Scientists have drawn another link between global warming and hurricanes in the Atlantic, quantifying for the first time that a half degree increase in sea surface temperature is associated with a 40% increase in hurricane activity.
The University College London research, to be published Jan. 31 in Nature, found that 40% of the increased hurricane activity between 1996 and 2005 could be attributed to local sea surface temperature, rather than atmospheric winds.
Atlantic hurricanes are those that form in the North Atlantic, Caribbean and Gulf of Mexico and affect the United States most.
Our analysis does not identify whether greenhouse gas-induced warming contributed to the increase in water temperature and thus to the increase in hurricane activity," said professor Mark Saunders, a lead author. "However, it is important that climate models are able to reproduce the observed relationship between hurricane activity and sea surface temperature so that we can have confidence in their reliability to project how hurricane activity will respond to future climate change.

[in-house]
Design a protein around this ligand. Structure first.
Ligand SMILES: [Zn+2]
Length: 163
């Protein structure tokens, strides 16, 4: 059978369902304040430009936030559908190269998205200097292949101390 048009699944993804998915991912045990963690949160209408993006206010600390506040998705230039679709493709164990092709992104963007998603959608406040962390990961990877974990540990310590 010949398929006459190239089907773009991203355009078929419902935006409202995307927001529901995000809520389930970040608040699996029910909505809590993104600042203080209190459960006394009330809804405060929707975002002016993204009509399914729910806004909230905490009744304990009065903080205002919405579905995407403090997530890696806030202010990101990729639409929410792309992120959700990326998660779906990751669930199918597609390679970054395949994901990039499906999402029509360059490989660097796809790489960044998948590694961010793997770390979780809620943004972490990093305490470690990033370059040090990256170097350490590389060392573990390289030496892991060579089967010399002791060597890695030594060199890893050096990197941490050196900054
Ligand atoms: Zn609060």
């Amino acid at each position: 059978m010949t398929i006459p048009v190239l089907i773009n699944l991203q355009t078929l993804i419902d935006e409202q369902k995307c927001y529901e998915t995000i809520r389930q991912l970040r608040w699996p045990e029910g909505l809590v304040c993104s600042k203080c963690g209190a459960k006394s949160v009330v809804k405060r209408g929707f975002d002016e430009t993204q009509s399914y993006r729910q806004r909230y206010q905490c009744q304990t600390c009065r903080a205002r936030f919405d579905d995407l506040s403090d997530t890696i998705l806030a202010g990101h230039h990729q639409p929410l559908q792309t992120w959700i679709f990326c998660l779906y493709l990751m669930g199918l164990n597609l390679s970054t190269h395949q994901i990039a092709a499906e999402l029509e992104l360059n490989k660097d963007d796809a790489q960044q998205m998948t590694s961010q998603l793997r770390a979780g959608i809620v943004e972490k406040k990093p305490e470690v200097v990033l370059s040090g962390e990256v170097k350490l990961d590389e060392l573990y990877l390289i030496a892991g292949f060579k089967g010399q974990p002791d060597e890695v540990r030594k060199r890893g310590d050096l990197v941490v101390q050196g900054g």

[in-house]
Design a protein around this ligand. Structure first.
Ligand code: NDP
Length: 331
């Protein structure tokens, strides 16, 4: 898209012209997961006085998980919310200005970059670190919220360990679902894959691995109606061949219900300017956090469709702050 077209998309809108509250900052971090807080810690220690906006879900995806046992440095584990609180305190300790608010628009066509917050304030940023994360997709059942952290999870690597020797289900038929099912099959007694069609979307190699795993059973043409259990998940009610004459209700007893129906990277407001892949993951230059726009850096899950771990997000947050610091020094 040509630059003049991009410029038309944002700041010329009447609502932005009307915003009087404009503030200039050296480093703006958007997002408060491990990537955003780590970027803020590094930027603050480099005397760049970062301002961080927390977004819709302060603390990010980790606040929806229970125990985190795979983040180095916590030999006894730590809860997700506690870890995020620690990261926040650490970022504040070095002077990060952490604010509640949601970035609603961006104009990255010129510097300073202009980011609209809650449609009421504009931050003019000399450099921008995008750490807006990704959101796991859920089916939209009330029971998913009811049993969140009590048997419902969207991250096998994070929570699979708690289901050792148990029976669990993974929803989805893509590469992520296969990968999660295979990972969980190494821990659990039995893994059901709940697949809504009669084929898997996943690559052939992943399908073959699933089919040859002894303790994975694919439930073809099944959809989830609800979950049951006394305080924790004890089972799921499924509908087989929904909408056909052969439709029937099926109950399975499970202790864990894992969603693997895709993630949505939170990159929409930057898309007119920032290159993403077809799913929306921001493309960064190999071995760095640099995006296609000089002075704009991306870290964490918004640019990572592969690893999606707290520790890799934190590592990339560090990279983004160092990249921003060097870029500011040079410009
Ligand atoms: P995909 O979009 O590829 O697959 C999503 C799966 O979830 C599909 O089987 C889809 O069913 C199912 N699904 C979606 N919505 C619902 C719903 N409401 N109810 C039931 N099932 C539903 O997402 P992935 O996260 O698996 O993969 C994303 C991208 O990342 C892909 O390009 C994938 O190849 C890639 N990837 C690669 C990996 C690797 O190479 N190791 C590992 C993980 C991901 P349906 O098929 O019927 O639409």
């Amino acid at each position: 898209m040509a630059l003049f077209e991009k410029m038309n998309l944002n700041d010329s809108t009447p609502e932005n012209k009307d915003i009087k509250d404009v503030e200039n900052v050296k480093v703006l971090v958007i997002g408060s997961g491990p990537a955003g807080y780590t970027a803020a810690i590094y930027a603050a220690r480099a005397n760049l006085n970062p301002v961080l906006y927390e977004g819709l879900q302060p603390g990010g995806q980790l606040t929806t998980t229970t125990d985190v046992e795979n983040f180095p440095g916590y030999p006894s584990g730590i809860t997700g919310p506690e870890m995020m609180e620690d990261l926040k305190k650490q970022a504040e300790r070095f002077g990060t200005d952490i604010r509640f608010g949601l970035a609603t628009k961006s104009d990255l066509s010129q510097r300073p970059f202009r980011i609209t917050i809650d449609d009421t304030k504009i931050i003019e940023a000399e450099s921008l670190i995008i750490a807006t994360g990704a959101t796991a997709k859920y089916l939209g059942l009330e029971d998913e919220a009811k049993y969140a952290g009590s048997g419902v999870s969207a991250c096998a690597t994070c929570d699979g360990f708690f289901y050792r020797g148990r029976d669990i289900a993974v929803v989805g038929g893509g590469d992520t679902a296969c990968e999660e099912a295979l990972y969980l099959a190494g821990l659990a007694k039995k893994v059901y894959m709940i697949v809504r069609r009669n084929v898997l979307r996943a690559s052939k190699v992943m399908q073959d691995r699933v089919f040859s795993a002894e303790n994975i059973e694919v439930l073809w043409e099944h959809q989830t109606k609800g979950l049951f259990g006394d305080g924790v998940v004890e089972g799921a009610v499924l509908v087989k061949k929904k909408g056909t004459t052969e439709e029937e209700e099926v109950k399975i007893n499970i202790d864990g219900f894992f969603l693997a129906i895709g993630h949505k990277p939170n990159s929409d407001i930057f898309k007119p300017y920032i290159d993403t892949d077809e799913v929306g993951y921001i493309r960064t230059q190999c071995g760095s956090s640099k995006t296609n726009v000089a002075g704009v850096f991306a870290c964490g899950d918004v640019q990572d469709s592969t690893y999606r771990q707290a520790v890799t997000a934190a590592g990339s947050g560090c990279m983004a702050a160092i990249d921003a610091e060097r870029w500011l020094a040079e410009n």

The relationship between global warming and hurricanes has been hotly debated in the scientific community, in part because the oceans of the world that produce hurricanes tend to cycle from high to low periods of intensity over the course of decades. The research here considers a period of growing intensity in the Atlantic, culminating in the record-setting 2005 season, which included hurricanes Katrina and Rita. But the 2006 and 2007 hurricane seasons were not as intense as predicted, showing that there is still much to learn about hurricanes and their relationship to larger trends in the climate and oceans.
Univ. Wisconsin-Madison, Space Science and Engineering Center
Composite satellite image of hurricanes Charley, Frances, Ivan and Jeanne 'targeting' Florida in August and September 2004.
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